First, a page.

Katrina and The Flood, 5 years later: Floodwall
How can you possibly imagine the destruction of an entire city? How do you imagine an event so impossibly large? How do you get past “the mind boggles”? Floodwall is an art installation, a “Wailing Wall” with an oral history component. The brainchild of Jana Napoli of New Orleans, Floodwall is a way to wrap your mind around the destruction of New Orleans, after Hurricane Katrina and the Flood.
Her art installation is a collection of household drawers, scrounged from the post-flood detritus from cleaned out houses. When Napoli returned back to New Orleans after the flood, she was stunned by the silence of the empty city. “I saw these emptied out drawers and thought, ‘Each one of these is a household.’ I began to collect them.” On the back of each drawer, she wrote the address where she picked it up. She couldn’t stop collecting them.
Napoli: “The problem is, where do you save—the first 50 were easy; they went out in the garage—where do you save 700 dresser drawers while they dry out and fall apart?”
How can a person imagine the immensity of the destruction? By taking this regular, everyday household object—a drawer (kitchen drawer, dresser drawer, desk drawer). Put hundreds of them together in one place, place a map on the wall showing the addresses where the drawers came from—all over New Orleans—and let this collection of one everyday thing speak for the destruction and loss of the everyday things placed in drawers. Let this collection speak to the disruption of every day lives after The Flood Came.
When set upright at an exhibit at the World Financial Center in New York City, overlooking the World Trade Center site—Ground Zero, the drawers were arranged like a set of tombstones.
When the exhibit came to the Louisiana State Museum in Baton Rouge, Louisiana, the drawers were set in one lengthy expanse—a wailing wall.
The exhibit is currently traveling overseas and for the installation in Poland, Floodwall is arranged as a rectangular room.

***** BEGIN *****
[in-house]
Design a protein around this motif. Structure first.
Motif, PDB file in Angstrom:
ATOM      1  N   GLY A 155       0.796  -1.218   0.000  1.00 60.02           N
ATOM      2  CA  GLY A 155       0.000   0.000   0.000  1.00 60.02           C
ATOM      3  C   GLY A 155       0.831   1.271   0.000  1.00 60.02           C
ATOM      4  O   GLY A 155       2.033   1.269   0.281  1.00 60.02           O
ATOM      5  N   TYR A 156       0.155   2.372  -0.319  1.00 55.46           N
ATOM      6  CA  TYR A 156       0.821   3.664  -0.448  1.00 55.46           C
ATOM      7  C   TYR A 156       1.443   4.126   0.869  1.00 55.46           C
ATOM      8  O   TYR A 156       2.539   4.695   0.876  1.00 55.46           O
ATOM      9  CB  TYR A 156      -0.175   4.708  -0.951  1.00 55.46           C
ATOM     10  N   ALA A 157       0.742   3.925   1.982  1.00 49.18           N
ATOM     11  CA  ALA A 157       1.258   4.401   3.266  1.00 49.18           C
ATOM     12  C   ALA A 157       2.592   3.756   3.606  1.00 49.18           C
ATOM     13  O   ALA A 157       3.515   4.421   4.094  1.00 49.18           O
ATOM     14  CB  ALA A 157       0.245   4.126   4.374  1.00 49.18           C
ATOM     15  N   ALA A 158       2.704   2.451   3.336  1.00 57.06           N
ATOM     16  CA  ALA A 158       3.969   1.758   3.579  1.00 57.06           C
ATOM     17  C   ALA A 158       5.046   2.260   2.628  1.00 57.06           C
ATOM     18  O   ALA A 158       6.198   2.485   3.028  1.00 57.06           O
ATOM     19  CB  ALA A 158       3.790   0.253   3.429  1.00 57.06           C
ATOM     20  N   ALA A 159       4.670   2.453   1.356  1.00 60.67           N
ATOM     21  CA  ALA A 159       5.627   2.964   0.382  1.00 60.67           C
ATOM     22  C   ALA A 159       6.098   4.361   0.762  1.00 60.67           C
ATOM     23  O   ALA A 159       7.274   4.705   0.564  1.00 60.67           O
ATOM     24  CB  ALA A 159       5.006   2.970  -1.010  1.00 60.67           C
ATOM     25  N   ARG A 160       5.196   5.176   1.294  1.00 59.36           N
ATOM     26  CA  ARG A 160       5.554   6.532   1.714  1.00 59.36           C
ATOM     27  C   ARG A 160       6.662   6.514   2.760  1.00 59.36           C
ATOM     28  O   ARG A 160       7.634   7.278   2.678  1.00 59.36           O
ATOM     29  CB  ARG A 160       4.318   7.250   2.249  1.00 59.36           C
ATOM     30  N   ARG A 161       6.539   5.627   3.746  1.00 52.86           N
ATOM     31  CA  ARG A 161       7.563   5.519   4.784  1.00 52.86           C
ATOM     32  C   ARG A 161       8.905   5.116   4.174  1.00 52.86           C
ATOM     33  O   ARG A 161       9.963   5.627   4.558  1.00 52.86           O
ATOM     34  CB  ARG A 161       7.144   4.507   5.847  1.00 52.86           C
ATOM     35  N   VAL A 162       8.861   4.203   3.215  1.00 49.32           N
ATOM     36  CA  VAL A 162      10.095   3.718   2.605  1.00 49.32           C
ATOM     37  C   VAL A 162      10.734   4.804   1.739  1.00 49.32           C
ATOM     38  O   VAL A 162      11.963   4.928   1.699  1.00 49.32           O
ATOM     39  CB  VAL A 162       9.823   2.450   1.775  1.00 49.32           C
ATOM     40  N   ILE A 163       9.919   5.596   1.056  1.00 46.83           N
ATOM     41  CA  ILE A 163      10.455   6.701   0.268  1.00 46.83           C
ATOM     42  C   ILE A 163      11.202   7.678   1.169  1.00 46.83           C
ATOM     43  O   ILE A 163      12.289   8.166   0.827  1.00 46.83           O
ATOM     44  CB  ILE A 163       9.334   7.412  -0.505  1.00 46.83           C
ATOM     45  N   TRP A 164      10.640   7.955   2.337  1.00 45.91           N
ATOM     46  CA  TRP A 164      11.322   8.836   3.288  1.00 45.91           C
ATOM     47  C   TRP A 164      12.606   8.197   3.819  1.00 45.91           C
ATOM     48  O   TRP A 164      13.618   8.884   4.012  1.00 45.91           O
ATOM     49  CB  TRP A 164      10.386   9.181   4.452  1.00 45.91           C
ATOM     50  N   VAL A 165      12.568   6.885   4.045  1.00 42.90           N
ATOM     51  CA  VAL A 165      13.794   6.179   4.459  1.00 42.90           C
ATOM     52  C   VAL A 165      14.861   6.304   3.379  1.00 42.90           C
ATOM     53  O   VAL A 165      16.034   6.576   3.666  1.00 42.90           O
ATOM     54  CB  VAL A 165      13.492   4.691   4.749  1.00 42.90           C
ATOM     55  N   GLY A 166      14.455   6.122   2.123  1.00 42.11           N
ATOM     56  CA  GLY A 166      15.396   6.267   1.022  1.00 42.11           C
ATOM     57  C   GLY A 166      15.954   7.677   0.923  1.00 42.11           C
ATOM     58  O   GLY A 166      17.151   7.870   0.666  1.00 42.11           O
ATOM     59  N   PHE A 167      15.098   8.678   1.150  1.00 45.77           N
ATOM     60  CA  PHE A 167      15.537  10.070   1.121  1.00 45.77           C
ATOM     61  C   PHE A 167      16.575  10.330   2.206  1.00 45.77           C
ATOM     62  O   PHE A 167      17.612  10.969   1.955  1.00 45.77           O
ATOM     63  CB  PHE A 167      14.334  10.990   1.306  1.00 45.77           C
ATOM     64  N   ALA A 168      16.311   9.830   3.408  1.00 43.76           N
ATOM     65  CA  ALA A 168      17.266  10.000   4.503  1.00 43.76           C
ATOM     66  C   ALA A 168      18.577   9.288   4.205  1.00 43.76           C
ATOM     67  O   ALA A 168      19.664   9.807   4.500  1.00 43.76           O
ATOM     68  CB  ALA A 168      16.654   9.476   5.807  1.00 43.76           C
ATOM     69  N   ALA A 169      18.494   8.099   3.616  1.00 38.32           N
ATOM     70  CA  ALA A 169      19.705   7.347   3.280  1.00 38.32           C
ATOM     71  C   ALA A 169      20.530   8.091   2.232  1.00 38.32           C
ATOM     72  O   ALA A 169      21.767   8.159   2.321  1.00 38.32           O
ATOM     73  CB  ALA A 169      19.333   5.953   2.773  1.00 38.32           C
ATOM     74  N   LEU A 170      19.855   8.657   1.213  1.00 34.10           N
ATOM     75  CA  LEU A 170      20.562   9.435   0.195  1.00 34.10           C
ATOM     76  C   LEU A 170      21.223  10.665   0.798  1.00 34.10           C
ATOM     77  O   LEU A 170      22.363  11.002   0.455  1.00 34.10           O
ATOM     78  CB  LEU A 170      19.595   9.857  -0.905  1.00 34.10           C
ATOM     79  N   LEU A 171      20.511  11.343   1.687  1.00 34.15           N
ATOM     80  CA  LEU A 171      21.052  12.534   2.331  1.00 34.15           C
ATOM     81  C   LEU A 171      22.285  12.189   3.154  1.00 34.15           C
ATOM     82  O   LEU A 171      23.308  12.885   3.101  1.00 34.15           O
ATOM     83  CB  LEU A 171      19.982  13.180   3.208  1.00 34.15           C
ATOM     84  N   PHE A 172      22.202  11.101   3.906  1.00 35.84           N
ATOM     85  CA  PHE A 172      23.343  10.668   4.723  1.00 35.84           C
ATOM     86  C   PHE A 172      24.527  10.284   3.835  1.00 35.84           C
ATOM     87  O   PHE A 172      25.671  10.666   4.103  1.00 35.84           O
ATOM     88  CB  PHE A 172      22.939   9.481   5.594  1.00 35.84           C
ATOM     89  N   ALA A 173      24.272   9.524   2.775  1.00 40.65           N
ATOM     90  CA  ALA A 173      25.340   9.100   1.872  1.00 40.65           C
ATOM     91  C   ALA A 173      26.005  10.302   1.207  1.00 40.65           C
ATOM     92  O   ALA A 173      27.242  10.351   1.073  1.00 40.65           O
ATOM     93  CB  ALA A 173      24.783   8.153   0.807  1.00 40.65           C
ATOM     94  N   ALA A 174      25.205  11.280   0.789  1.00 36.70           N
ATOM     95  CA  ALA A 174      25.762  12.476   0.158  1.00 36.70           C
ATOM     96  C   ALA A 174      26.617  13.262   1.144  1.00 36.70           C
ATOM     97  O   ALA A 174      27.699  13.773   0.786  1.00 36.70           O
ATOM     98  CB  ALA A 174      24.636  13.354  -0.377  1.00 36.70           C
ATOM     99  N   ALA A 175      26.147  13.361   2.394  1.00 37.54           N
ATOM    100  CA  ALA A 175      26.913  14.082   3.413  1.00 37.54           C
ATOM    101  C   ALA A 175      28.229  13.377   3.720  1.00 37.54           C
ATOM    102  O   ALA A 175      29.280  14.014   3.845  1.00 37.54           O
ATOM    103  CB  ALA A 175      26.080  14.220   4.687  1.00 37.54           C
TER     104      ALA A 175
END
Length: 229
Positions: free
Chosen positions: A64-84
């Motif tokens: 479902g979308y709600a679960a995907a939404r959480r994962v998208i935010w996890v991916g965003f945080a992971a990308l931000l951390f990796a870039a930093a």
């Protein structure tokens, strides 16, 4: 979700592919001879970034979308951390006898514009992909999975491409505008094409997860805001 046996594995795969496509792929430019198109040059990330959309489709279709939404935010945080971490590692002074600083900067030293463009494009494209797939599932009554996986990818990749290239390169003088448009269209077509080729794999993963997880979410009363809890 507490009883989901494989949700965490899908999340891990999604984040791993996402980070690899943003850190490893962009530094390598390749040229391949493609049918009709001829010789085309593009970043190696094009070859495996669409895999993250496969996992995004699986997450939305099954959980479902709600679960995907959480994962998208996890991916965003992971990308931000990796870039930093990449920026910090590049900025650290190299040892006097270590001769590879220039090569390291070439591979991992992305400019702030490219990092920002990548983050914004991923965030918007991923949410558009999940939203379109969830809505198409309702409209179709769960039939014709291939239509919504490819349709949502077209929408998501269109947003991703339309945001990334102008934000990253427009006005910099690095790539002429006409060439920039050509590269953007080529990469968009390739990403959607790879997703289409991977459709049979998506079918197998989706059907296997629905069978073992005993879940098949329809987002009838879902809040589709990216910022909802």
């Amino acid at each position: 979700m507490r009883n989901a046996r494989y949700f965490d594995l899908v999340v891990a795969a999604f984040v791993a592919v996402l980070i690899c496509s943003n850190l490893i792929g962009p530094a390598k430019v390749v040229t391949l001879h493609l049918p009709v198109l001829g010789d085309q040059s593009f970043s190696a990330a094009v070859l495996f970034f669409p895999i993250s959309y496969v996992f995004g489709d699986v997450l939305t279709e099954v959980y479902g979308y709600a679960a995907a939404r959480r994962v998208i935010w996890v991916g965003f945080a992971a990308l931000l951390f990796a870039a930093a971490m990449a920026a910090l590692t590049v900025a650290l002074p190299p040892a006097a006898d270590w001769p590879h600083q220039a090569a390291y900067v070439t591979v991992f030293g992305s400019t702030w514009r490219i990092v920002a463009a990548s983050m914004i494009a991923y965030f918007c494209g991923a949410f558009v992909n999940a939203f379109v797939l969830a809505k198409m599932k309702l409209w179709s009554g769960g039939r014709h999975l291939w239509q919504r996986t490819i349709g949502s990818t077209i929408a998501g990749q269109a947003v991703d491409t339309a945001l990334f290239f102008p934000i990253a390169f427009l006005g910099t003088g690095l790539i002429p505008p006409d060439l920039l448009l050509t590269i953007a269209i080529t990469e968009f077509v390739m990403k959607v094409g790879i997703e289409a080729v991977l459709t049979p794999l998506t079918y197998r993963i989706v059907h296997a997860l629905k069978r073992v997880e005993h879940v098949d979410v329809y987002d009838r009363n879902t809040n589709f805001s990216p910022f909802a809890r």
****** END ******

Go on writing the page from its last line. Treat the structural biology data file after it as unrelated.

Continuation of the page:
The exhibit has an audio component—this is where the oral histories come in. When Napoli and Crier found a drawer’s owner, they interviewed the person about their Katrina experience, about what was in the drawer, and what they lost. Clothes, tools, old love letters, wedding gift placemats (never used). You can play some oh-so-brief audio excerpts on the Drawers and Personal Stories page of the Floodwall site.
Napoli says, “We have a website—floodwall.org—each drawer is pictured on it with the the address where we found it and a space on the side for the owner’s name, and hoping they would tell us their story.” For the website, Rondell Crier created a database for each drawer, with the drawer’s photo and address. On the floodwall website, you can view the drawers—listed by zip code. If you find yours, there’s a way to get in touch with Napoli and Crier, so you can tell your story.
“For many people, this is all that’s left of their entire history of anything that they owned is in this wall. We’re searching America for the people who own these drawers.”
“This wall was built for America, to speak for the silence that there were no words for, and that no camera could grasp. For a loss that we feared would be complete—of a culture that the world seemed to hold dear, not just us.”
The oral histories collected for this project are housed at Louisiana State University’s oral history collection. The next entry in this series about Katrina and the Flood, 5 years later, will visit the LSU collection.